How politics got personal

Why is everyone suddenly ‘ashamed to be British’?

Patrick West

Patrick West

Topics Politics UK

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A favourite remark today among the compassionate classes is that the spectacle of the ‘Jungle’ in Calais, and the pitiful plight of migrants there, makes them ‘feel ashamed to British’. This was the tearful and public judgement of the pop star Lily Allen. It’s been echoed by the sports presenter and former footballer, Gary Lineker. Now the shadow home secretary, Diane Abbott, announces that age checks for immigrants coming from the encampment also made her ‘ashamed of being a British person’.

This language represents an increasing tendency in political discourse to frame everything in terms of the self, or our collective selves. An argument commonly wheeled out by Remainers during the Brexit referendum was: ‘But what will the world think of us?’ Many still bewail that Britain is a ‘laughing stock’ for voting Leave, as if ‘what will the neighbours say?’ is a coherent argument. Firms and individuals still promise, or threaten, to ‘leave the country’ as a consequence – with Bob Geldof this weekend joining the chorus of the aggrieved.

It’s a phenomenon not confined to Britain. With every presidential election in the US, those with correct opinions state their declaration ‘to move to Canada’ should the Republicans come to power. They never do, of course. These are nearly always empty threats. How many pop stars, entertainers or famous boxers in America or Britain ever made good on their promise to ‘leave the country’ should a political party, left or right, win an election?

Declaring oneself ‘ashamed to be British’ is the flipside of condemning Brexiteers as ‘racist’. Both compassionate boasts and insults belong to the same impulse – to make oneself look superior. But people can see through it. Like Harry’s Enfield’s ‘Jürgen the German’, forever needlessly apologising ‘for my country’s unforgivable behaviour during the war’, these insincere apologists look ridiculous, or worse, like aloof and sulky attention-seekers.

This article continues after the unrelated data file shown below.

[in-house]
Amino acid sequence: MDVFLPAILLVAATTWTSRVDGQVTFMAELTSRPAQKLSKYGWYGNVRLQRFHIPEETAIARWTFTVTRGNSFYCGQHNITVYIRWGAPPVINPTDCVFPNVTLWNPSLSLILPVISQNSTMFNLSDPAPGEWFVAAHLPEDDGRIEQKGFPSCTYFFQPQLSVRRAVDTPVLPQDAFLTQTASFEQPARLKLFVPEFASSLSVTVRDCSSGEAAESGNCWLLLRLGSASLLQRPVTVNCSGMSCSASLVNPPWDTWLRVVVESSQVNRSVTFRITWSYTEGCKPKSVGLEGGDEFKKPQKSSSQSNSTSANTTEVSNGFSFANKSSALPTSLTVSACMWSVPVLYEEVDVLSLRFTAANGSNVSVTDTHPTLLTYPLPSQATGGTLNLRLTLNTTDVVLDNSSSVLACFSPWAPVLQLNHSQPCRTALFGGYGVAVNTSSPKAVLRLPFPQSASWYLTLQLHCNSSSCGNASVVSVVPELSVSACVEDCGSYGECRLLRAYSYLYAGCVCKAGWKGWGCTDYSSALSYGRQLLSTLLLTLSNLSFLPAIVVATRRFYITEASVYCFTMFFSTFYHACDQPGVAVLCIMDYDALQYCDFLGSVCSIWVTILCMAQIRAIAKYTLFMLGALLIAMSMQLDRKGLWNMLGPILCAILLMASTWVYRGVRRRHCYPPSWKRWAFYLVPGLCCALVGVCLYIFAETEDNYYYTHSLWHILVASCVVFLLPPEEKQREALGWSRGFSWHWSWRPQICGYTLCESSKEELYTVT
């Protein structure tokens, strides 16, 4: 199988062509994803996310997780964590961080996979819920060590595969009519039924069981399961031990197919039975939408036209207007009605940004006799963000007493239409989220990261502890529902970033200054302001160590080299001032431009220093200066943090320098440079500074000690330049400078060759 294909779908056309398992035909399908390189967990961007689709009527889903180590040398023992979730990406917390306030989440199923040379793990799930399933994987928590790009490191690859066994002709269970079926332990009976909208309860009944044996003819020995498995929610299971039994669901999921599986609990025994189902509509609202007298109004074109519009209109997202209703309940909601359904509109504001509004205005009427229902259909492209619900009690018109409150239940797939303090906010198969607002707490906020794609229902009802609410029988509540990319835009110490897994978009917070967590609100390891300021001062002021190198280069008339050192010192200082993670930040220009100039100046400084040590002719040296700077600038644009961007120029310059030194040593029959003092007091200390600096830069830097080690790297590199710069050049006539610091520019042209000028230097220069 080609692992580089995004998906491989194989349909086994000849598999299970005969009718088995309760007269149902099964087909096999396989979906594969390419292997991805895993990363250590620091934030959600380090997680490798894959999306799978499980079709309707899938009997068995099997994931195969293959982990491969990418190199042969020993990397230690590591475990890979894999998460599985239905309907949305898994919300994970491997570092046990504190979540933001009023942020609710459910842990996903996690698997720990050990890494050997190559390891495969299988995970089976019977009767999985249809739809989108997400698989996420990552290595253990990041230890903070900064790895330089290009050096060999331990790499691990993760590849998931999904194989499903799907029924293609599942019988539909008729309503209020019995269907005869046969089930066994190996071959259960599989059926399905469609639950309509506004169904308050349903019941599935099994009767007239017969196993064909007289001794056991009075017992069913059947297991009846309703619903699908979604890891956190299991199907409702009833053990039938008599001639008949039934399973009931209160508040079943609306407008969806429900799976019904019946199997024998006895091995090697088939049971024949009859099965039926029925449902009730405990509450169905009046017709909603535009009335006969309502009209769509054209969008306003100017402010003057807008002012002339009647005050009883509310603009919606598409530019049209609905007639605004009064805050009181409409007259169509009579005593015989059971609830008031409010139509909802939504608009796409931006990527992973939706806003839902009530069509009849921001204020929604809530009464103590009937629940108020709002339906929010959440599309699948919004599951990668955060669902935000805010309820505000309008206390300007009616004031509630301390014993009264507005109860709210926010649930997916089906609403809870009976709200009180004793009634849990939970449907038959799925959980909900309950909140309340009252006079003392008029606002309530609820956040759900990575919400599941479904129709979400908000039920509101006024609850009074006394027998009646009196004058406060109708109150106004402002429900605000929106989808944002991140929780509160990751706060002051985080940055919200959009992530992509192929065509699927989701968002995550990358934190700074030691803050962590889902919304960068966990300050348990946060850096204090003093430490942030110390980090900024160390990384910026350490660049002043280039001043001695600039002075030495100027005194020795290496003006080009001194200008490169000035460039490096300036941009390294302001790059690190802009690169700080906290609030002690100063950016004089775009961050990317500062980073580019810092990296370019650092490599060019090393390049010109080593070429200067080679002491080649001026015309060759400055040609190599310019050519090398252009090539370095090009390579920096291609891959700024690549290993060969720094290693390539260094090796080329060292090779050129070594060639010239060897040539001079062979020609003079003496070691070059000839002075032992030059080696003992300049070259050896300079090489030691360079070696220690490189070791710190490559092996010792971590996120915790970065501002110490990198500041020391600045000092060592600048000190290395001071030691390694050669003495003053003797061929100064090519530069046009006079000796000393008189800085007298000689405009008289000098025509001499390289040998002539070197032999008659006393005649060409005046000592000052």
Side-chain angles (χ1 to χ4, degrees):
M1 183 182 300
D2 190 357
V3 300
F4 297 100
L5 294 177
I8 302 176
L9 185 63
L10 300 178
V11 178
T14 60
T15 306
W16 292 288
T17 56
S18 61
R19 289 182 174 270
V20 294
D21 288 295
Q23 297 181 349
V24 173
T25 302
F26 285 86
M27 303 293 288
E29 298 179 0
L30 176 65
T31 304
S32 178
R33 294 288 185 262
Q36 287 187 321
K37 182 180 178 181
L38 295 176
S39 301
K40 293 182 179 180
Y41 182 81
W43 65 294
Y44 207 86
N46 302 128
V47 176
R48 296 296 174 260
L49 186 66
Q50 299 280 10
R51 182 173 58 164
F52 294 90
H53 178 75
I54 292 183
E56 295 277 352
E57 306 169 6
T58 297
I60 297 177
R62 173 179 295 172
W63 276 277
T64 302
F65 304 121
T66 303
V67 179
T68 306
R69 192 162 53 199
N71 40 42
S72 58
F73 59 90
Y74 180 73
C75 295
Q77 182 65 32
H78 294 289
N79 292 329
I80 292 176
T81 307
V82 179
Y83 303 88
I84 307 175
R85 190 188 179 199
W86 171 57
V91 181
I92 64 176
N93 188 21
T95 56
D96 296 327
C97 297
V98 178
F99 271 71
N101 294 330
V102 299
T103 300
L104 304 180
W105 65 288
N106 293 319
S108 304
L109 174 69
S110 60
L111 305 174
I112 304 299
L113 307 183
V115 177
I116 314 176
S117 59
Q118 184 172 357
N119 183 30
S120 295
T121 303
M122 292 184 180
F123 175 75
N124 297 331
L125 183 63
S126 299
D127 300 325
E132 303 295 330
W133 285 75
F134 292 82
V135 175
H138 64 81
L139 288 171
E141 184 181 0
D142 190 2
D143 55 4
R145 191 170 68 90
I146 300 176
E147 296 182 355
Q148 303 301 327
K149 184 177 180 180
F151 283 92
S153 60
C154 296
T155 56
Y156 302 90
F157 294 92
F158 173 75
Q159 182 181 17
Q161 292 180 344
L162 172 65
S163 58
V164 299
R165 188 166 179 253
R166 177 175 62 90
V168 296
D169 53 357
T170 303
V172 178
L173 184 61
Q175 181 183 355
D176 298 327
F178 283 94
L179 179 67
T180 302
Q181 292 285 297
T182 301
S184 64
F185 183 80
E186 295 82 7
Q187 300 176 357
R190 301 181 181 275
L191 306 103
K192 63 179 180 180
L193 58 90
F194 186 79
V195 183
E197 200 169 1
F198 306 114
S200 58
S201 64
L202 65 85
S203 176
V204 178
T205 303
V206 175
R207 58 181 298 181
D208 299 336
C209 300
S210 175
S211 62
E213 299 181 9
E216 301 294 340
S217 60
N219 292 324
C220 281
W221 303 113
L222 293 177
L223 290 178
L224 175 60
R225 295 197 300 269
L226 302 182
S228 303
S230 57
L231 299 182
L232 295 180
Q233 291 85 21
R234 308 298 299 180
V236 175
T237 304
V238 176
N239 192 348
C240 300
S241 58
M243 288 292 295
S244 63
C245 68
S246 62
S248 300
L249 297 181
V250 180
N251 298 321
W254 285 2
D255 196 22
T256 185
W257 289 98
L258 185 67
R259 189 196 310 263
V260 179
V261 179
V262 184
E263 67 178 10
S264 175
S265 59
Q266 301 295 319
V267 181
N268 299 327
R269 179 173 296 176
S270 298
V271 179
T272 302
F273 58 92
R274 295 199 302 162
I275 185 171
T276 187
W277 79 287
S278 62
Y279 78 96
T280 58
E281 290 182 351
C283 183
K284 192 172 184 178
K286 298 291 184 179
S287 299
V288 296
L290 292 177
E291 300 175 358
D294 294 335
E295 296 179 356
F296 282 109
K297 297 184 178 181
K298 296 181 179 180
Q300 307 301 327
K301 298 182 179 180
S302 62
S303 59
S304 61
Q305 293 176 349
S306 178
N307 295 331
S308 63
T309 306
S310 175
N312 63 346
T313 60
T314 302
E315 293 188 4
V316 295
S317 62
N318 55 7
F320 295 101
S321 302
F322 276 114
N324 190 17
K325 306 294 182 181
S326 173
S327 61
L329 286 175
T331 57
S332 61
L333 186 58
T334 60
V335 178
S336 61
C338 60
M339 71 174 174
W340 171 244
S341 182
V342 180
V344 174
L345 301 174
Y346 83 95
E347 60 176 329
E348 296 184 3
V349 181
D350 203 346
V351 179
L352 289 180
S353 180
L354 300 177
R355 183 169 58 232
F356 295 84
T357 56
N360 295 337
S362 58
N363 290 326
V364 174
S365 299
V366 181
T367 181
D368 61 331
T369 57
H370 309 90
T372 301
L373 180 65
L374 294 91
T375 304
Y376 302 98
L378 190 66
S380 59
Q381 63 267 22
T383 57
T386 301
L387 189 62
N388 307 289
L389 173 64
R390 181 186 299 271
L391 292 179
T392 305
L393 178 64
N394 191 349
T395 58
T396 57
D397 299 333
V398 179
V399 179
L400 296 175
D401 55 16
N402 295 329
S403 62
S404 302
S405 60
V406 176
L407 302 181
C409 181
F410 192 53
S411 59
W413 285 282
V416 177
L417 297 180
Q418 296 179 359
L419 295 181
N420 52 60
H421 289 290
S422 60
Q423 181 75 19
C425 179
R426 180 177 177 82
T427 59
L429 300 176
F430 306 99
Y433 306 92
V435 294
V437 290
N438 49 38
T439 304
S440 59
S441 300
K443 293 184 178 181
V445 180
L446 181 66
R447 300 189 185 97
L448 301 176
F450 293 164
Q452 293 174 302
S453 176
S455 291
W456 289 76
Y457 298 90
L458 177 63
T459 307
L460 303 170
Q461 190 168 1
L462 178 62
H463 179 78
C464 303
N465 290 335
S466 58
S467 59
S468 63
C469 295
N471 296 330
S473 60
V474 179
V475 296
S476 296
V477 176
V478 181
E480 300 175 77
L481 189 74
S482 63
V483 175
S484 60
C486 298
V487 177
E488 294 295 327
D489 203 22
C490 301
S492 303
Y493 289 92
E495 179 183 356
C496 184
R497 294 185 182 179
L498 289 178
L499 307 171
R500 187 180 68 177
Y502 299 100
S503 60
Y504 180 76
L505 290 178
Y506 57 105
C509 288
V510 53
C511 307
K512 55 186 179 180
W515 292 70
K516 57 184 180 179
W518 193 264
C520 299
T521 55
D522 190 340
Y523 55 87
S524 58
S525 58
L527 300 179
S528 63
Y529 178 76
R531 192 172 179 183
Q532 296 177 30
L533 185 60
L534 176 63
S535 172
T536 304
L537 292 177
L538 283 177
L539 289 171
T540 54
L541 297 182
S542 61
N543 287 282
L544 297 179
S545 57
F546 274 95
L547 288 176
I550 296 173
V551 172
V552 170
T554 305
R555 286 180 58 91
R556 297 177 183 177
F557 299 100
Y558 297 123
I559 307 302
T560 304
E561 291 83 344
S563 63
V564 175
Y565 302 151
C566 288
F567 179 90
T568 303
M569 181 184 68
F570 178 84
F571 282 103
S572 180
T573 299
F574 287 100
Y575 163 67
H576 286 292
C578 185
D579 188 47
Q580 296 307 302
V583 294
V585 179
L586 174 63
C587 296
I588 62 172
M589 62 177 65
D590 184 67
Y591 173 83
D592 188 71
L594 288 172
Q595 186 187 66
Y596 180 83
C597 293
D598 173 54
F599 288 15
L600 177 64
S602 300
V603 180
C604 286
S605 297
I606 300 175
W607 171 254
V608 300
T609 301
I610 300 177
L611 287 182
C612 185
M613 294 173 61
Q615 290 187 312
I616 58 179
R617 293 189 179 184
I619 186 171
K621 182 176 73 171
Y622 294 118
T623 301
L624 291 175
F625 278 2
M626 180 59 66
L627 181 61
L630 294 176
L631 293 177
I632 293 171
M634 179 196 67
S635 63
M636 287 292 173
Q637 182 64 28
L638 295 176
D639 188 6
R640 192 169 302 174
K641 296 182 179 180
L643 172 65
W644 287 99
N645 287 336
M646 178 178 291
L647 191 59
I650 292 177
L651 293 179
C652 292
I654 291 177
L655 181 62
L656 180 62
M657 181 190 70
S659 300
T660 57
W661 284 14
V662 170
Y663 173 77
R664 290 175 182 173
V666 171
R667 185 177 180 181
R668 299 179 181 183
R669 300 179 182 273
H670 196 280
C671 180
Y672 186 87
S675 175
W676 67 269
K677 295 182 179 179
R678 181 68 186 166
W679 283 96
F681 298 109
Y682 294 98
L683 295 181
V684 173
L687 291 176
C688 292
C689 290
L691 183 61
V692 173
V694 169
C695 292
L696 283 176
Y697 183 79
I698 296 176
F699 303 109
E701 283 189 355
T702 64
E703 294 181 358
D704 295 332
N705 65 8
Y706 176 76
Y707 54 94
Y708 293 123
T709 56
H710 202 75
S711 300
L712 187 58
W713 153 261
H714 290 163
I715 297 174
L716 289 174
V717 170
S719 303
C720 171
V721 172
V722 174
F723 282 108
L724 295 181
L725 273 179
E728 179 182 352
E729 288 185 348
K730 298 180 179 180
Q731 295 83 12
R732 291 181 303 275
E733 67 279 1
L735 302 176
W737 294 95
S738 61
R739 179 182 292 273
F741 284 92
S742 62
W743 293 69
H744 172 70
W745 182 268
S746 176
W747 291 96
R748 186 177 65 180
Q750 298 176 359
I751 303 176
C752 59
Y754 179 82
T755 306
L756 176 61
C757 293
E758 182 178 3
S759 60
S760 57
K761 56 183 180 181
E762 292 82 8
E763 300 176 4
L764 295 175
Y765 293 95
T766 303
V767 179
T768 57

‘Virtue signalling’ may be a fairly new expression, but the human propensity to display benevolence in public, often dubiously and sometimes insincerely, is age-old. It goes back to the Pharisees. It’s just that social media has facilitated its acceleration and entrenchment, giving wider opportunities to exhibit conspicuous compassion in mediums that inflate the ego.

Feminists in the 1960s used to cry that ‘the personal is the political’, that subjective experience should inform politics. We’re now at the complementary stage where the political is the personal, where politics is employed to create and mould one’s self. One’s politics have become an extension of one’s personality, intrinsic to one’s public image. This is why people now get so easily offended. People can’t distinguish between a questioning of their politics and an affront to their very person, so entwined have the two become. All those people crying, sometimes literally, after Brexit, represent the personalisation of politics, with all its infantile repercussions.

So these people are ‘ashamed to be British’? Well, I’m ashamed that they are British, too. In truth, you can no more be ashamed of your nation as you can be proud of it. You can only take pride or feel shame at something that you yourself have done.

Why the machines aren’t taking over